Letting your mind wander is key to creativity, which is vital to innovation, problem solving, and general wellbeing. But when it comes to turning ideas into action and achieving goals, focus is key.
Of course, focus is hard to find in a world full of digital distractions and where working women “can have it all” (including the majority of unpaid (yet vital) caring tasks). The good news is there are a multitude of tools and techniques proven to increase focus, and we’ve made it easy to find one that may work for you.
Start by selecting the reason you’re struggling to focus:
- I’m a multi-tasker (I take on and try to perform several to-dos at one time)
- I’m often distracted (I give into the external dependencies vying for my time)
- I’m a procrastinator (I avoid priority tasks in favor of more mood-enhancing activities)
How to focus if you’re a multitasker
Whether by nature or nurture, studies have substantiated the common claim that women are better multitaskers than men. However, these studies also tell us that multitasking — even if “good at it” — does more harm than good.
“Multitasking is a myth. In reality, it’s rapidly switching from one task to another, and then back again. And every time you make that switch, you pay a ‘tax’ on both your time and your energy. For that reason, it’s almost always more efficient to monotask: Focus on one thing and move on when you’re done, so you don’t pay unnecessary switching taxes.”
Dr. Sahar Yousef, Cognitive Neuroscientist, UC Berkeley
Although it may seem counterproductive (and incredibly uncomfortable for the chronic multitasker to accept) we can achieve more by doing less.
💡 Top tip: Not sure which task to prioritize? Start by listing all the tasks on your list and then organize them into four quadrants, known as an Eisenhower Matrix.
- Urgent and important
- Important but not urgent
- Urgent but not important
- Not urgent and not important
🧰 Top tool: There are multitude of free online project management tools that make it easy to visualize and organize your to-dos, such as Trello. From weekly activities to one-off big projects, Trello users can create boards on which individual tasks are added, organized, and ticked-off one at a time.
How to focus if you’re easily distracted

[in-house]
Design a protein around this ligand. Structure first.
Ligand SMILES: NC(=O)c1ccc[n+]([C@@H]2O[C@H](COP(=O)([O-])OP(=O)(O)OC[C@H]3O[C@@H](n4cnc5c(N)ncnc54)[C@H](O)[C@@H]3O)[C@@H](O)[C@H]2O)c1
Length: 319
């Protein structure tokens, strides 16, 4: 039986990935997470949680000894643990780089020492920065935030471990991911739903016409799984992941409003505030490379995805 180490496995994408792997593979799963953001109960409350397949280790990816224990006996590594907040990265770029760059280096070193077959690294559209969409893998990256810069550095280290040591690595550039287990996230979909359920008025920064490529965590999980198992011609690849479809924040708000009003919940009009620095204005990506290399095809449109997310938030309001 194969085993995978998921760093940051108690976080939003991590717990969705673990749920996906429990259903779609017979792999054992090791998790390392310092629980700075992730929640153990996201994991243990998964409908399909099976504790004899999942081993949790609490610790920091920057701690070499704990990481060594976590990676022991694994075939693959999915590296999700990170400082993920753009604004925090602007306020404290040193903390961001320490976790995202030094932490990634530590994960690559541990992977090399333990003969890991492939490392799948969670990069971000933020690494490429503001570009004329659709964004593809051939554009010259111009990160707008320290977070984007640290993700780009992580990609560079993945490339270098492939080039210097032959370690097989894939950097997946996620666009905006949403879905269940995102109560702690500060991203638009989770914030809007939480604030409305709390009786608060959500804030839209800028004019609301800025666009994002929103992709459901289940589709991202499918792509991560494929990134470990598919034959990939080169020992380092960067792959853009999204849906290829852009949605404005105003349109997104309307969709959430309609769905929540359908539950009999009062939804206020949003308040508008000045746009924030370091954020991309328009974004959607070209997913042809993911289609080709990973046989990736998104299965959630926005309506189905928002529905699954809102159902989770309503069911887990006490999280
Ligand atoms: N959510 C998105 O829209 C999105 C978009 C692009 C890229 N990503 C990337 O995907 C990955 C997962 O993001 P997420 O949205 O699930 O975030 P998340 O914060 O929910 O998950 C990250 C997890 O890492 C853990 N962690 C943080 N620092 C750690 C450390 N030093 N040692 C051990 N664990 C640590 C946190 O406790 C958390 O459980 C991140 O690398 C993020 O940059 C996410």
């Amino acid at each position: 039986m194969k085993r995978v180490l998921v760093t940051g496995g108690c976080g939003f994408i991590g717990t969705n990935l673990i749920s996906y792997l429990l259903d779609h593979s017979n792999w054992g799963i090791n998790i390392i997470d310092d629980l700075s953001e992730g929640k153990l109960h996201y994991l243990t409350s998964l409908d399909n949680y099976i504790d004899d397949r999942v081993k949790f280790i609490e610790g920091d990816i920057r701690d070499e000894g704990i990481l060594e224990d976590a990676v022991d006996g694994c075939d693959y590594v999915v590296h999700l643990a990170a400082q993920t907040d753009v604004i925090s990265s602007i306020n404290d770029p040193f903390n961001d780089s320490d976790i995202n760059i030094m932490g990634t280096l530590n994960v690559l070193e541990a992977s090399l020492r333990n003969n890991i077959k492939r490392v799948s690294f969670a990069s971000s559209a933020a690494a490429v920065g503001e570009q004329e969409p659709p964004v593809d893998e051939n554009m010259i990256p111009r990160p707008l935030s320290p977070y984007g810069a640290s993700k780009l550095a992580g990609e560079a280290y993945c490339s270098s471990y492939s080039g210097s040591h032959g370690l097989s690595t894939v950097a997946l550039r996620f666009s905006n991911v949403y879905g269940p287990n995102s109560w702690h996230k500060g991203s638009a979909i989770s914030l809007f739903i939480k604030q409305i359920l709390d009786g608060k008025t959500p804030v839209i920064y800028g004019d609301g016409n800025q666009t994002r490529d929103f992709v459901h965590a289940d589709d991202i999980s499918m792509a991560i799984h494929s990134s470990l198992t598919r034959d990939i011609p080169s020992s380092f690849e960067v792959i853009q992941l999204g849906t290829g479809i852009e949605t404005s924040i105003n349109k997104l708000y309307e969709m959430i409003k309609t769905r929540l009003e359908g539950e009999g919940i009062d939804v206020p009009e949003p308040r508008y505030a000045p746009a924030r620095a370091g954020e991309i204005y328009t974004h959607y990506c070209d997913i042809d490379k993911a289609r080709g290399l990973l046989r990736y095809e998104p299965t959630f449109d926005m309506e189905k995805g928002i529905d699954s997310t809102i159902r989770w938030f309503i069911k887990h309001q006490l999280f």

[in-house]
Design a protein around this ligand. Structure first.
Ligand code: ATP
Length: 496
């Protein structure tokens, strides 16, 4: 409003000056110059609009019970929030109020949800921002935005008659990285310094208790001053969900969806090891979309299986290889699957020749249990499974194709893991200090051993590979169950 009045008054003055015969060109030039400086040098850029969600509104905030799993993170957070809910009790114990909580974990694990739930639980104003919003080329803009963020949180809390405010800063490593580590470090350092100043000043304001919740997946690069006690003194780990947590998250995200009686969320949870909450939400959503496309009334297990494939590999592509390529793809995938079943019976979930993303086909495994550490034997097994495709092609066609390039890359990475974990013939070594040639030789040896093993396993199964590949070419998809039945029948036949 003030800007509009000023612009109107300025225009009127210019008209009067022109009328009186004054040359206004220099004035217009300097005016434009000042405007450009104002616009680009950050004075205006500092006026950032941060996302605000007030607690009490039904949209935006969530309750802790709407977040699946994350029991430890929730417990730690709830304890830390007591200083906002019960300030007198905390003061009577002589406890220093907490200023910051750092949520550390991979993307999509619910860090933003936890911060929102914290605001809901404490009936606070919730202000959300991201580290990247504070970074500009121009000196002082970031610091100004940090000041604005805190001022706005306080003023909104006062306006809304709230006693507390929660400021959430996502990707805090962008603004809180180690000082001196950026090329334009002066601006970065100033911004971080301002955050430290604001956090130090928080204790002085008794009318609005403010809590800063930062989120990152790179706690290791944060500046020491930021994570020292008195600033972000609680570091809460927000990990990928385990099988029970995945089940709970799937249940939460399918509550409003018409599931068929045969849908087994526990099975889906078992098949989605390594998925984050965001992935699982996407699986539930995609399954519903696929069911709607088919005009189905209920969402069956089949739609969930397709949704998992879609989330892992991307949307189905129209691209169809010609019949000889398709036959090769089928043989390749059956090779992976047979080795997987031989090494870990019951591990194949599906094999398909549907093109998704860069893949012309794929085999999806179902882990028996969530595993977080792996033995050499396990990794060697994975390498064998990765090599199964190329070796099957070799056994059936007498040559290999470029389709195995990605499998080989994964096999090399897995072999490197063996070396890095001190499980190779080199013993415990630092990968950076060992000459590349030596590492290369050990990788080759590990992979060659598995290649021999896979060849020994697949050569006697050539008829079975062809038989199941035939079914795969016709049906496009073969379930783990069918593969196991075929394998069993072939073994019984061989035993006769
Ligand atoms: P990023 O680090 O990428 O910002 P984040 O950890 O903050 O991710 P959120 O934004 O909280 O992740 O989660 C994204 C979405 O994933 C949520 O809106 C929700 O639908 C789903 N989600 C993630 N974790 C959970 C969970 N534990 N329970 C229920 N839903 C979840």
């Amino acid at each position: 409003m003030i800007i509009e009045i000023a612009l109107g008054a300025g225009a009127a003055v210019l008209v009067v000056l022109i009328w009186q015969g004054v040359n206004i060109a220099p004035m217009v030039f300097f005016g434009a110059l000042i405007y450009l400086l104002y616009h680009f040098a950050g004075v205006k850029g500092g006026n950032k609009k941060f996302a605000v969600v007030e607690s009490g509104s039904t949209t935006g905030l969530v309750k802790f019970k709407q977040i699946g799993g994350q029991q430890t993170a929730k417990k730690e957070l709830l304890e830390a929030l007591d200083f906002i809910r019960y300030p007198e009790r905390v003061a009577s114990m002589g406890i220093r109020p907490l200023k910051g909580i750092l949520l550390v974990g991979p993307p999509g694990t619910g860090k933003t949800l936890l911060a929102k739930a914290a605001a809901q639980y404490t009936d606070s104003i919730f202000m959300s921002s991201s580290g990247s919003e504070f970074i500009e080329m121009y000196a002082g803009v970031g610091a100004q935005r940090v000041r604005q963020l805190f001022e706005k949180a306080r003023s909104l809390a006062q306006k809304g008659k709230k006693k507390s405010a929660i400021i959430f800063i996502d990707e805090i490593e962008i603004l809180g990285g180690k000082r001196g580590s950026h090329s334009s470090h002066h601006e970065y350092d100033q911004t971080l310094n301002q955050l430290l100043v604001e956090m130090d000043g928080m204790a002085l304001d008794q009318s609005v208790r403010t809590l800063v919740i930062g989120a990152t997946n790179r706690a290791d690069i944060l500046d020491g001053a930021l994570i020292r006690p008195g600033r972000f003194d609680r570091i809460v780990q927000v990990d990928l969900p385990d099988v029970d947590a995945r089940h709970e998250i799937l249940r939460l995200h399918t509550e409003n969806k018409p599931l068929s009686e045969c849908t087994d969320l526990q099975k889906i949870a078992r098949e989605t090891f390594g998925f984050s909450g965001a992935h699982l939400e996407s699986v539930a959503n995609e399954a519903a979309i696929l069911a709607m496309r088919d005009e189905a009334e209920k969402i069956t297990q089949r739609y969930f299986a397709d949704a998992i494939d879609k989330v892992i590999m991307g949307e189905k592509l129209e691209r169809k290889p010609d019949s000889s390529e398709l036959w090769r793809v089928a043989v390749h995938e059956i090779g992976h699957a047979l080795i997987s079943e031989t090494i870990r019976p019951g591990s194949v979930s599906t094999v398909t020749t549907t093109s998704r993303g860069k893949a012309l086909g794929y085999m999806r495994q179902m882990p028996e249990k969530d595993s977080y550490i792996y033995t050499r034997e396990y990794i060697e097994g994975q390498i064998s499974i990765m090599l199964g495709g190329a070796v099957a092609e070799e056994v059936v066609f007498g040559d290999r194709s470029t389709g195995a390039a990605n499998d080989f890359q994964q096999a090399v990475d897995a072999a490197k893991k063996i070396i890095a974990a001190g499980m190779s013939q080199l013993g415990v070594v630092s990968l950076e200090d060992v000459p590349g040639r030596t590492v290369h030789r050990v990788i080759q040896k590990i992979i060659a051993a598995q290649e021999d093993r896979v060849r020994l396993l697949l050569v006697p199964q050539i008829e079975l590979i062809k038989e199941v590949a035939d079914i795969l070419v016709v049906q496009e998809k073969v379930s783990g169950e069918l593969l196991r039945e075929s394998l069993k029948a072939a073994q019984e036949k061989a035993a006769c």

From the family WhatsApp group to your team’s Slack channel, we’re more accessible than ever. And while the instant connection afforded to us comes with a multitude of benefits, it also means we’re more open to unnecessary distractions. And it certainly doesn’t help that the devices on which these channels are hosted also house a world of online wormholes for us to slip into.
💡 A University of California study found that after each interruption, it takes over 23 minutes to refocus. And, as explored in The Extra Hour, the interruption can even reduce the brainpower – the equivalent of dropping 10 IQ points.
💡Top tip: Studies prove that the brain works more effectively when given regular breaks. As such, one of the most popular and effective techniques for anyone struggling to concentrate is the Pomodoro Technique. This involves setting a timer for 25 minutes, which is a reasonable amount of time for you to focus purely on one activity. You then take a three-to-five minute break and begin again.
🧰 Tools to help: Willpower is a finite resort and is rarely powerful enough to help us protect our focus. As such, we recommend using software or apps that help you take control of your workspace. Examples include Freedom or Cold Turkey, which are website blockers that access to specific domains or apps during your chosen timeframe.
How to focus if you’re a procrastinator
Procrastination is the act of task avoidance and, to overcome it, you need to first understand why it’s occurring. Spoiler alert: It’s unlikely to be because you’re lazy or lack time management.
As the professor of psychology and member of the Procrastination Research Group at Carleton University in Ottawa, Tim Pychyl, explains: “Procrastination is an emotion regulation problem, not a time management problem”. In other words, procrastination is a result of individuals choosing a more mood enhancing activity over the current task at hand. And while this may simply be a sign you need to find a more fulfilling role, it could be the symptom of a mental health or neurodevelopmental disorder such as depression, anxiety, low self-esteem, and ADHD.
💡Top tip: First and foremost, if you suspect your procrastination is a result of a mental health or neurodevelopment disorder, please seek professional help. This may be available to you as part of your company’s Employee Assistance Program.
🧰 Top tools: Again, the tips and tools in this article should not be seen as a substitute for a professional diagnosis and help with more serious causes of procrastination.
However, for those who suspect a less serious cause for their procrastination, meditating apps have been proven to help. For example, one 15-minute session of the meditation app Headspace resulted in a 22% reduction in mind-wandering. Procrastinators can also benefit from the techniques shared above, such as the Pomodoro Technique and Eisenhower Matrix.
What works for you?
If you’ve got a tip, tool, or technique that’s transformed the way you maintain your focus, our community would love to hear it! In fact, we’d love for you to be part of all the supportive career conversations occuring in our online communities:
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